Chief Justice Clarissa Baxter meticulously cleared the surface of her desk. The drafts of memos compiled by her clerks and relevant research documents were refiled and locked in the steel-lined drawers of her expansive oak desk. What was left, her random musings jotted down on legal pads, were quickly reviewed and a few pages kept while she fed most of them to the shredder in the back corner.
Chief Justice Baxter took no chances that anyone other than her four clerks had access to arguments she formulated during her process of deliberation. She knew the eight associate justices didn't consider her a team player, a throwback to the Burger court. Not only was she reticent in their weekly Friday conferences, she instructed her clerks to be tight-lipped until she was ready to voice a position.
Well, she wasn't a team player. She wasn't part of the club—the Harvard or Yale law school grads who dominated the bench. She felt an affinity with the other two women justices, but they also were products of the northeastern elite schools. Clarissa Baxter had attended law school at the University of Wyoming, her native state. She had graduated at the top of her class, and her judicial career had kept her close to home as she rose from district judge to sit on the U.S. Court of Appeals for the Tenth Circuit. When the former chief justice retired, the president had made her his surprise nominee, claiming it was time for a woman to hold the top judicial position in the nation. Forty-eight-year-old Clarissa Baxter had issued no polarizing rulings and gave heavy weight to legal precedent. She had won senate confirmation by a comfortable margin. That had been six months ago and toward the end of the court's last term. Now this term would be hers and she was eager to make her mark.
She stood and grabbed her raincoat from the coat rack by the door. The weather forecast called for a light drizzle to last into the night. She wanted to get home, start a fire, and finish the bottle of pinot noir she'd uncorked the night before. Just her and Max. Max the German shepherd. Her sole companion. Her husband, Jackson, lay in the family plot back in Laramie. Twenty years of marriage, and then pancreatic cancer stole the love of her life six weeks before the president called. It wasn't fair. But if life wasn't fair, she would work to see that the law was. She knew that goal wasn't easy, not when the possibility of bad consequences existed no matter how a ruling came down. That was the dilemma she found herself in now. A dilemma she'd take home with her despite the warm fire, fine wine, and comforting presence of her husband's beloved Max.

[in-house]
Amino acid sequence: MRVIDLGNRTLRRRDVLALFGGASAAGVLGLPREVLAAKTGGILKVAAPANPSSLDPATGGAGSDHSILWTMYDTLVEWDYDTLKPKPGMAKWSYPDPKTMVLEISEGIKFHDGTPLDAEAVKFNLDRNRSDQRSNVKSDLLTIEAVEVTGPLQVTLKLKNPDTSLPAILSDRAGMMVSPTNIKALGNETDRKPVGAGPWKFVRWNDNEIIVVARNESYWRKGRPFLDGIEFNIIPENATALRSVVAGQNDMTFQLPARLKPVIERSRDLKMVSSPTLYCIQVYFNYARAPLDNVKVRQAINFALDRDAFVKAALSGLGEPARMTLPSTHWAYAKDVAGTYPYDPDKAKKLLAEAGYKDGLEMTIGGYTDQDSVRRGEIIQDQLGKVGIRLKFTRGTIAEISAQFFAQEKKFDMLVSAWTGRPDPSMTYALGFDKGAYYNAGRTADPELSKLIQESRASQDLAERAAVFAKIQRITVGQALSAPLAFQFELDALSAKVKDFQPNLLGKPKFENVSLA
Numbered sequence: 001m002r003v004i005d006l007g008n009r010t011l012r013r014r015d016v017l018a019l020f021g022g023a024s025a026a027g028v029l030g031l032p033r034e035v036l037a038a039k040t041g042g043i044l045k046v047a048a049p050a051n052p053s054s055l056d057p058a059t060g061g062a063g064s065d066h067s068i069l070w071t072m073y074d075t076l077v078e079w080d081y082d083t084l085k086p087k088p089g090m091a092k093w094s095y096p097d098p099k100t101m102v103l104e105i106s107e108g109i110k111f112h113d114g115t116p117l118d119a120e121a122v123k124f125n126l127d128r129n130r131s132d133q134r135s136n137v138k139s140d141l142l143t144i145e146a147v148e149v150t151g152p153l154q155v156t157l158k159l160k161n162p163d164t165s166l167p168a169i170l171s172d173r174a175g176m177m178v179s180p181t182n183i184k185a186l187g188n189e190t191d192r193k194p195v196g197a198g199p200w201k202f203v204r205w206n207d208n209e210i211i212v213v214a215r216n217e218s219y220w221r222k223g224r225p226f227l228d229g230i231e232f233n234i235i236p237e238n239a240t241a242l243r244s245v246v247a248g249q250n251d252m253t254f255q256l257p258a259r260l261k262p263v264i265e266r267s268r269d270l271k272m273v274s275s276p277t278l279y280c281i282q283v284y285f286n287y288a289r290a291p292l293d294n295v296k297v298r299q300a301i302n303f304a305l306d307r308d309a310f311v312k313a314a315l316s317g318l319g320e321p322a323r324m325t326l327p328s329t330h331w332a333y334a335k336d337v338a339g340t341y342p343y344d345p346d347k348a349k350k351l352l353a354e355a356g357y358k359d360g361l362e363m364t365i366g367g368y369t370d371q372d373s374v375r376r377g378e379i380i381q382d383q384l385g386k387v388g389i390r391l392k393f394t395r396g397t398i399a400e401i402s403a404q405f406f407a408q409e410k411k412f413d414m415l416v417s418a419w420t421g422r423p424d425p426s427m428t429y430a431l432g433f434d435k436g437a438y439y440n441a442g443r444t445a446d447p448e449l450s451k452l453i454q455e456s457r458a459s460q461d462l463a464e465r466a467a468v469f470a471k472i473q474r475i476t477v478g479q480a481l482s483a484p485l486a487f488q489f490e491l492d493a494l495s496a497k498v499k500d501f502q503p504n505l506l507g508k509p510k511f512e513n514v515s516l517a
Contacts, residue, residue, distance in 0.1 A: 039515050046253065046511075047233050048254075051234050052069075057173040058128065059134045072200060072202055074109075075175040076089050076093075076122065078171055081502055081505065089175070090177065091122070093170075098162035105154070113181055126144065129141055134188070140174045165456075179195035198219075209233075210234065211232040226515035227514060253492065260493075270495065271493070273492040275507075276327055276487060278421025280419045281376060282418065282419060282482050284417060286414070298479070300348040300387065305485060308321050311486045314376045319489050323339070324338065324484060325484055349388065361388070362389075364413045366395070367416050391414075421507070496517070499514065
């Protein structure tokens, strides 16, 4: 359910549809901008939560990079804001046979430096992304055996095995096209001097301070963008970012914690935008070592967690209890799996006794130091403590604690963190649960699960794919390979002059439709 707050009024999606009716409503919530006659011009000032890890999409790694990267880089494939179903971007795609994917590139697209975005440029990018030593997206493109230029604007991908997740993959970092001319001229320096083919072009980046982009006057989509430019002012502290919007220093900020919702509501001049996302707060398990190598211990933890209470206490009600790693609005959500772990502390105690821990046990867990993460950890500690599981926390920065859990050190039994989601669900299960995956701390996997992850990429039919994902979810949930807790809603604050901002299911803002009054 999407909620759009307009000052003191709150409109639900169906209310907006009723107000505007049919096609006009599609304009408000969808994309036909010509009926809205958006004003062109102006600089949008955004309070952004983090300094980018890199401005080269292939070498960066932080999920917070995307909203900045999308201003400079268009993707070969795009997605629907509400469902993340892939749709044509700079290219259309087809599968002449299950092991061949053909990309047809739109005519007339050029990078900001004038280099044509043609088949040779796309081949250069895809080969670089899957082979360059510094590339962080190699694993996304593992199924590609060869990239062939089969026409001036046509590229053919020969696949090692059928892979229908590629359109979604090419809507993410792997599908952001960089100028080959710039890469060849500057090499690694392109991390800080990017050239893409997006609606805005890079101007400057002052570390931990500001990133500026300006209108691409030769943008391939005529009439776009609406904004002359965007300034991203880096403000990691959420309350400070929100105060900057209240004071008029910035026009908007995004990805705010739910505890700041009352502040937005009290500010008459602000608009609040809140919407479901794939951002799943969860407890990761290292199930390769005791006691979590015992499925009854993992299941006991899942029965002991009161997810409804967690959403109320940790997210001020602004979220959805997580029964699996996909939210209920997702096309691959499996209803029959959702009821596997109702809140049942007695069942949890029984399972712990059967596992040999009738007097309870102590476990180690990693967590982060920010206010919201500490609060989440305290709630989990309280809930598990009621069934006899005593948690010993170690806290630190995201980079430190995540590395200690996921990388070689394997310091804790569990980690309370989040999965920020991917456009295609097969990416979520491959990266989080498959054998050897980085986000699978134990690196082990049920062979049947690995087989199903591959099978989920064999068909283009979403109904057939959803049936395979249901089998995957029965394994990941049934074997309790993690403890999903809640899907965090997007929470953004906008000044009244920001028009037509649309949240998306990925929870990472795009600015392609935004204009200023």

She went to her desk phone and lifted the receiver. Before she could dial, her secretary, Nicole Cramerton, spoke through the intercom. "Marshal Ventana is here to see you."
"Send him in."
A middle-aged white man with close-cropped gray hair and tired brown eyes entered.
"What is it, Daniel?" The chief justice dropped the receiver back on the cradle.
"Sorry to interrupt." Supreme Court Marshal Daniel Ventana held out a sealed manila envelope. "Got a minute?"
Chief Justice Baxter draped her raincoat over the back of her chair and then walked to meet the man rather than invite him in. "What is it?"
"The scenarios you asked me to play out—if protests turn violent like the January 6th insurrection at the Capitol. I got input from the U.S. Marshals and the FBI, as well as construction estimates. I thought you might want to review my recommendations over the weekend."
"Mostly reinforcing windows and doors. And creating more defensive positions for my team in case there's an actual breach."
The chief justice took the proffered document. She knew it was a priority for Ventana. His title of Supreme Court marshal could be confusing because he wasn't a U.S. Marshal but rather the head of the Supreme Court police and chief administrator. Court security was his responsibility.
"Thank you," she said. "I'm sure you've thought of everything."
"There's always room for better ideas. But if you've got a big weekend planned, don't feel like you've got to read it right away. I just wanted to give you the option."
"It will be a quiet weekend, Daniel."
"Have you called for your car?"
"I was just about to." She returned to her desk and reached for the phone.